Policy Exchange’s work on human rights was hailed as “helpful examples of best practice” in a House of Lords debate on human rights post-Brexit.
Lord Alton of Liverpool, formerly a Liberal Democrat MP and now a crossbench Peer, said:
What the Government must make clear is that, in or out of the European Union, they have no intention of emasculating our obligations to uphold those fundamental rights.
The European Union Charter of Fundamental Rights is a good starting point but it is not the perfect paradigm. Commonwealth jurisdictions such as Australia and New Zealand protect rights at least as well as some European Union member states, and in some cases even better. The research of Professor John Finnis, Richard Ekins, Graham Gee and others in various papers published by Policy Exchange set out some helpful examples of best practice.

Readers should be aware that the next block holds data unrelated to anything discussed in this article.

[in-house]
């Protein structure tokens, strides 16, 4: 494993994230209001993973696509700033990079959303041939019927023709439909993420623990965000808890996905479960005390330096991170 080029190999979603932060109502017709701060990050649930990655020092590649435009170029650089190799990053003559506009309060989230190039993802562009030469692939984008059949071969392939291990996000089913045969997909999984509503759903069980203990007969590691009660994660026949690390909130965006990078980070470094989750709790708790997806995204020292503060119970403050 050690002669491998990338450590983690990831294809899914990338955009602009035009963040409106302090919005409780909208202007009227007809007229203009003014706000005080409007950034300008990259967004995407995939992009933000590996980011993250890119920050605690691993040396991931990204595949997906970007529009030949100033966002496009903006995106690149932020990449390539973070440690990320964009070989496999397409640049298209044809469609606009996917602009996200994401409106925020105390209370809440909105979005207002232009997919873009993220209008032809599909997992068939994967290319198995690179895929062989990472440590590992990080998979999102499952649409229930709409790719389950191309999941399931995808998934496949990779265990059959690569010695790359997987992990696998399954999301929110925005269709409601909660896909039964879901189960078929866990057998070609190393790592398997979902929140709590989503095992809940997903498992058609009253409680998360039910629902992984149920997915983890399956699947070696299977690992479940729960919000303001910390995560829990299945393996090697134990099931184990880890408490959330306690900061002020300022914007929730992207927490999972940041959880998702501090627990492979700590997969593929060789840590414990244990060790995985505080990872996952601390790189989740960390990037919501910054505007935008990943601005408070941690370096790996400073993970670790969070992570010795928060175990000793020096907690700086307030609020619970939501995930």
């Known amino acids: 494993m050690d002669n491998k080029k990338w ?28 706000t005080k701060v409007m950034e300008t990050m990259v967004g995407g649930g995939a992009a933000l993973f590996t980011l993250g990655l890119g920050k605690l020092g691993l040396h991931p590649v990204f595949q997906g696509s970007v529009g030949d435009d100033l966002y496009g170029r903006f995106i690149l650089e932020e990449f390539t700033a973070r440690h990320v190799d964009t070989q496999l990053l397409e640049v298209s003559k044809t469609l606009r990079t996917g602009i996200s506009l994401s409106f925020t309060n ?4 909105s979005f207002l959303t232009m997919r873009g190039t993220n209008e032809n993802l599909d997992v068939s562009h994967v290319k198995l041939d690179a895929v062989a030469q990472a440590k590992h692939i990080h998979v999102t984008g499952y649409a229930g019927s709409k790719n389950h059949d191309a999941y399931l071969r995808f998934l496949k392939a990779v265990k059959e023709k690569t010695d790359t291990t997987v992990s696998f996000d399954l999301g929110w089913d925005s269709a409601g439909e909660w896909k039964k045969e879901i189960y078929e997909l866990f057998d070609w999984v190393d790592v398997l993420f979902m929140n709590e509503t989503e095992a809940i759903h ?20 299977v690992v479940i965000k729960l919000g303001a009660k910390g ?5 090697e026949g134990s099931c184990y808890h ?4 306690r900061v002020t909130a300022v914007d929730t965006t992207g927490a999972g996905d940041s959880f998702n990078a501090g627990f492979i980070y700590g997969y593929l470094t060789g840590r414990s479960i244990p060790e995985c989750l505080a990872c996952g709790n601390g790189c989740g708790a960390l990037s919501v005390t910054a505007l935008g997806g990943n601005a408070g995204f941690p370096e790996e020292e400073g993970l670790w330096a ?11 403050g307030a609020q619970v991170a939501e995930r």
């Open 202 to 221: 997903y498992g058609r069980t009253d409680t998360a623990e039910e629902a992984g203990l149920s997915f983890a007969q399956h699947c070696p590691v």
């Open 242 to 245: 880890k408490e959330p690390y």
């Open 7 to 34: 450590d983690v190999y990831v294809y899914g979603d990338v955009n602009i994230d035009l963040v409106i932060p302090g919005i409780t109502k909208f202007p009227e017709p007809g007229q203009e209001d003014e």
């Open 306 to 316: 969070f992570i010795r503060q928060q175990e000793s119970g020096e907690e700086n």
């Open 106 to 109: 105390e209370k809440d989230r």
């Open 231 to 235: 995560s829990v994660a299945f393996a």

The research cited was published as part of Policy Exchange’s Judicial Power Project, which is focused on the the proper scope of judicial power within the constitution.
Lord Alton’s comments came on the same day as publication of our major new study Human Rights and Political Wrongs: A new approach to Human Rights law by Sir Noel Malcolm.